For a second claim the complaint alleges, in support of punitive damages, that the defendant was actuated by actual malice and wrongfully intended to injure the plaintiff which has been greatly injured in its credit and reputation.
Judge Brieant granted summary judgment to the defendant on the theory that the offending matter was a libel on the place and not on the owner, and that the complaint was therefore fatally defective because it alleged no special damages. 389 F. Supp. 357 (S.D.N.Y. 1974). Both parties agree that New York law is to be applied. We affirm.
While a corporation enjoys the same right to plead general damages as do individuals, Drug Research Corp. v. Curtis Publishing Co., 7 N.Y.2d 435, 440, 199 N.Y.S.2d 33, 166 N.E.2d 319 (1960), since it has no character to be affected by a libel it can only be protected against false and malicious statements affecting its credit or property. Reporters' Ass'n of America v. Sun Printing & Publishing Ass'n, 186 N.Y. 437, 440, 79 N.E. 710 (1906); Steak Bit of Westbury, Inc. v. Newsday, Inc., 70 Misc.2d 437, 334 N.Y.S.2d 325 (Sup.Ct.1972). While the complaint, averring injury to "reputation," would be more appropriate pleading a libel against a natural person, we construe the pleading liberally as including injury to the property of the corporation. We must determine whether the statement charged to be defamatory is a libel against the plaintiff and is, in any event, libel Per se, since no special damage was pleaded. Reporters' Ass'n of America v. Sun Printing & Publishing Ass'n, supra.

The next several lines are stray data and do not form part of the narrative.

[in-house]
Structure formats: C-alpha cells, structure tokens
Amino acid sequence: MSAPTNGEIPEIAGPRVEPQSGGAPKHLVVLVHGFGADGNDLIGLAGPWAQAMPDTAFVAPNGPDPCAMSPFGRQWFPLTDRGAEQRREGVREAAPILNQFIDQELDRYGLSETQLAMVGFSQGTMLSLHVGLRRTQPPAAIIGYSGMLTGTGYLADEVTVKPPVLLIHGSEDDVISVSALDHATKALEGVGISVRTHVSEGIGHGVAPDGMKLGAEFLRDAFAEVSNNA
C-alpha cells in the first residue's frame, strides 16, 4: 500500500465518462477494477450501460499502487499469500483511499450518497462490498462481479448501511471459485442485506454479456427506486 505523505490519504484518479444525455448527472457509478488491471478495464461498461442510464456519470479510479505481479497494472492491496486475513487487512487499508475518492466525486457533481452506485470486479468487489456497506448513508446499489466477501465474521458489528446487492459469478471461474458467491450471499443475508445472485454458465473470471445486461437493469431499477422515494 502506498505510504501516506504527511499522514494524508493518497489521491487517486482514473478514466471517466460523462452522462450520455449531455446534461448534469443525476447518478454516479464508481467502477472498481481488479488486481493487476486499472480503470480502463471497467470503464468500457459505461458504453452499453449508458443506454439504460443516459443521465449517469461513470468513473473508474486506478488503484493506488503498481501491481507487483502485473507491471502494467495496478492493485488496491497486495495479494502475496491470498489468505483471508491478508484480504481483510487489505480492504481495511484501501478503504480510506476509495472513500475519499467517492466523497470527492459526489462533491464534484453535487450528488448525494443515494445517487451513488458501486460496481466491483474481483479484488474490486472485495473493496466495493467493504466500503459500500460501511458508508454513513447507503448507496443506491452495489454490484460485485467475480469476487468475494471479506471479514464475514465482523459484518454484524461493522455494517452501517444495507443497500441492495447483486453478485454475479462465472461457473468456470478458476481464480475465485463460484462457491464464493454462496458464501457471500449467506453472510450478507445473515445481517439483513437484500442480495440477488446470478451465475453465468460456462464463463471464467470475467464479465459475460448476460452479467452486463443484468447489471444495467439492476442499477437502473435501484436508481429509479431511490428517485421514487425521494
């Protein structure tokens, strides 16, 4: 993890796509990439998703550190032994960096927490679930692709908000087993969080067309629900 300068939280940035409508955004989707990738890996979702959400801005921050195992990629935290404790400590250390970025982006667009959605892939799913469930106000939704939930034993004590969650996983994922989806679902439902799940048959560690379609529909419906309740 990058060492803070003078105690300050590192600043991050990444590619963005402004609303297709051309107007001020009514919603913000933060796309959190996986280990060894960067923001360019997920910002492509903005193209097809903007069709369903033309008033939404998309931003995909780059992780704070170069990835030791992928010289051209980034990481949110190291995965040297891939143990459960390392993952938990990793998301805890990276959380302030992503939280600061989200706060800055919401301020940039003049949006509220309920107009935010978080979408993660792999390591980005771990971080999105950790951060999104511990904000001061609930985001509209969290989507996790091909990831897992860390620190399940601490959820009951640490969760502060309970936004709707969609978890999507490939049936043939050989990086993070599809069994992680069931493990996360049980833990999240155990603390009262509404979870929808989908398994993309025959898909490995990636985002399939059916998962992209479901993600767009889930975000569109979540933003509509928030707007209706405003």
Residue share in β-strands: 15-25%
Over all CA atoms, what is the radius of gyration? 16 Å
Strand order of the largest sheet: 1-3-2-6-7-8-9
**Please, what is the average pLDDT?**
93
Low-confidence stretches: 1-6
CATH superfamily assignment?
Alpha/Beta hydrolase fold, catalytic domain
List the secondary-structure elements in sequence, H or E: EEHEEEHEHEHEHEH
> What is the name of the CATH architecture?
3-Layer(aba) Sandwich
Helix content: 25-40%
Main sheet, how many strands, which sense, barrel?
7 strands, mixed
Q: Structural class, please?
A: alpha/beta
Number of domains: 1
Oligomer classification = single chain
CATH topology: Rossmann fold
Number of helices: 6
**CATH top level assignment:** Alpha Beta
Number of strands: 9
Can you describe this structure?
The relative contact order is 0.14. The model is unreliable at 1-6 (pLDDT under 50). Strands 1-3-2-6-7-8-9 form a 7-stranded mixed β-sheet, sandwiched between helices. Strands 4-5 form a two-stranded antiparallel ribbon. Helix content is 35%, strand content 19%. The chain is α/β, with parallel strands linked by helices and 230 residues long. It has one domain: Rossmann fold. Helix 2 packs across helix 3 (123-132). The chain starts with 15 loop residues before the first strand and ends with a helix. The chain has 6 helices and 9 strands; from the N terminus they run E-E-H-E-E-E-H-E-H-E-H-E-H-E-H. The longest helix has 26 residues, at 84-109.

At the threshold we are met by the established New York doctrine that a publication defamatory of a place or product is not a libel against its owner unless the owner himself is accused of disreputable conduct. Kennedy v. Press Publishing Co., 41 Hun 422 (1886) (place); see Stillman v. Paramount Pictures Corp., 2 A.D.2d 18, 20, 153 N.Y.S.2d 190 (1st Dept. 1956), Aff'd mem., 5 N.Y.2d 994 (1959) (place); Dauer & Fittipaldi, Inc. v. Twenty First Century Communications, Inc., 43 A.D.2d 178, 349 N.Y.S.2d 736 (1st Dept. 1973) (place); Drug Research Corp. v. Curtis Publishing Co., 7 N.Y.2d 435, 440, 199 N.Y.S.2d 33, 166 N.E.2d 319 (1960) (product).